By April 19, 2018 Art, Headlines, Performance
  • Is it just me or did that horrific crash in Humboldt not just seem the most Canadian ever of tragedies??  A bleak and frozen intersection, a hockey team of beautiful boys, an overturned bus? Is it just me that can’t stop thinking of that sad and stunning 1997 Atom Egoyan film, The Sweet Hereafter?  I know I’m not alone in my tears.  Last night, the GoFundMe page dedicated to the hockey team stopped taking donations after raising $15,185,700 in twelve days.

  •  Is is just me or was the crowd at the ACC in Toronto just a little too ratcheted up for the Leafs playoff game? Waving those silly towels in the air like the mad dogs we’ve become, fed up entirely with Fake Spring, one of thirteen Canadian seasons (freak February thaws, dog turd melt, pothole construction). We need to cheer for something. Go Leafs Go!

  • Is it just me having a laugh listening to Viggo Mortensen making the media rounds in Toronto this week? Here to chair the jury for the $100,000 Glen Gould prize, Mortensen had to endure just about everyone being dumbfounded at his depth. “Isn’t it fascinating to discover someone with so many layers” mused one. Over on Breakfast Televison, the host dubbed the actor (also poet, painter, photographer, author, and musician) a “renassiance man”. Over here at the Red Chronicles, I’ll stick with a gem befitting no box. Mortensen said he doesn’t much believe in any kind of artistic competition but was drawn in by the level of artistry, his respect for the other jurors and past recipients, and his own curiosity, which he confessed was his guiding principle. Just place him at the head of my Fantasy Dinner Party, please and thank you. Past winners include Oscar Peterson, Leonard Cohen, Yo-Yo Ma, Phillip Glass; this year the prize went to opera singer Jessye Norman, the first female laureate in the prize’s history. Wow. It took only twelve years…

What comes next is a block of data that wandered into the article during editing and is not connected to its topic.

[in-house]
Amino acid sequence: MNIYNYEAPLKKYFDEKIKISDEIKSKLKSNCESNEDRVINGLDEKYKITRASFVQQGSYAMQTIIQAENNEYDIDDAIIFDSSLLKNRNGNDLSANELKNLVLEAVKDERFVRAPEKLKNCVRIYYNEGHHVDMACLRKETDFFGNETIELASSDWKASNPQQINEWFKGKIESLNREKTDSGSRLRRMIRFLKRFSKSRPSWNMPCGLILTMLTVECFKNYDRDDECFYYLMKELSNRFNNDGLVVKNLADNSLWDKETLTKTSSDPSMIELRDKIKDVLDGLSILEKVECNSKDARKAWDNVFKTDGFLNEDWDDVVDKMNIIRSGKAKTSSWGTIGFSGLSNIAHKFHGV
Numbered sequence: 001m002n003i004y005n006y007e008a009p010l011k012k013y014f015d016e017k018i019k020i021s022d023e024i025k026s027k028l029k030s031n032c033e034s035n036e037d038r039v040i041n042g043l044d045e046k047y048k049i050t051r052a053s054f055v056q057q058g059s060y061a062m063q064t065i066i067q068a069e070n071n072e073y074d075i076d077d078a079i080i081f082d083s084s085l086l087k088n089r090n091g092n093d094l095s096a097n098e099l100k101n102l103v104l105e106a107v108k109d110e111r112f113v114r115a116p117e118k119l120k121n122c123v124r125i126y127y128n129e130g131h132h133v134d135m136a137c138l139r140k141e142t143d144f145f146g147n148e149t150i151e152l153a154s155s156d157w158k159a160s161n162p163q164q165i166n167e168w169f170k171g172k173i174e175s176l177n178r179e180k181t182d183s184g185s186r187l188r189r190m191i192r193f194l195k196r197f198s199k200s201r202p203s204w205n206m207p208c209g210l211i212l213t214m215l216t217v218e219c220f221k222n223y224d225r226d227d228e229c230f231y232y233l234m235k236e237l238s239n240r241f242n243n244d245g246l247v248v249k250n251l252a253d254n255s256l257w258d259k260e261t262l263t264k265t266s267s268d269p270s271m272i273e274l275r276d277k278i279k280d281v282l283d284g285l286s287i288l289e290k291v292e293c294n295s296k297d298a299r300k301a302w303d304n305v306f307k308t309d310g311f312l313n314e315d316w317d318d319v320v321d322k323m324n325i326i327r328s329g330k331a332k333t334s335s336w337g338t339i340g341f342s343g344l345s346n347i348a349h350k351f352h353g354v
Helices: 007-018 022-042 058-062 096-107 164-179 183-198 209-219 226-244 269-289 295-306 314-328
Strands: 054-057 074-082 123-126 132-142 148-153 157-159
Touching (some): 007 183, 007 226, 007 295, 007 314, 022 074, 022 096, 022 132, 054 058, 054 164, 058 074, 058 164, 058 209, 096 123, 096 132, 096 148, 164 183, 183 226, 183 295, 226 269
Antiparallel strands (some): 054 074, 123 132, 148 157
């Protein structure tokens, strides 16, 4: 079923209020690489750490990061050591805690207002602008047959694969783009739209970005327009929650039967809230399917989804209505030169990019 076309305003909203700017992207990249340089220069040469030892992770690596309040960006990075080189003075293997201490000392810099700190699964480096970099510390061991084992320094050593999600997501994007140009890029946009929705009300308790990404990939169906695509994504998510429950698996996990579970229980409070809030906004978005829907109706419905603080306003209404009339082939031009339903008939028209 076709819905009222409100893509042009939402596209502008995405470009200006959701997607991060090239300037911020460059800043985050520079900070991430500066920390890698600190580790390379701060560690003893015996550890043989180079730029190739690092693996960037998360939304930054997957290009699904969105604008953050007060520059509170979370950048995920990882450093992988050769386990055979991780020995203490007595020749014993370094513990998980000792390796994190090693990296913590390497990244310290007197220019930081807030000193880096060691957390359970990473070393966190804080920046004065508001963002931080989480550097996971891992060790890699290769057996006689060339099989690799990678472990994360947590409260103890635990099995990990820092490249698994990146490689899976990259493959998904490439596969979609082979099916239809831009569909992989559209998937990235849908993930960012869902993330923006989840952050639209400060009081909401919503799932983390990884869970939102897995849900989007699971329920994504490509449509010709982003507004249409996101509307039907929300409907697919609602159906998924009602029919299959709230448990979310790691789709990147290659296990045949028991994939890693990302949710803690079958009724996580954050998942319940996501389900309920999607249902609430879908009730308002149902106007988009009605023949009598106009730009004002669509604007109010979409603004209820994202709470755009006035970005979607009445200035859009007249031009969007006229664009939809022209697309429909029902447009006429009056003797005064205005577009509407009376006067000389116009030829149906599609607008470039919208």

• Is it just me being schooled by my children? Over at the Pulitzer HQ, the folks who dole prizes out are also waking up to reality. Kendrik Lamar is the first hip hop artist to win the music Pulitzer for his 14-track “Damn”. The Pulitzer has long been interested in jazz and classical works yet this year’s board deemed the twenty-nine year old’s work as a “virtuosic song collection unified by its vernacular authenticity and rhythmic dynamism that offers affecting vignettes capturing the complexity of African-American life”. Now it’s my children turn to gape. Huh? We knew already, Mom. Waaaaay before you clued in.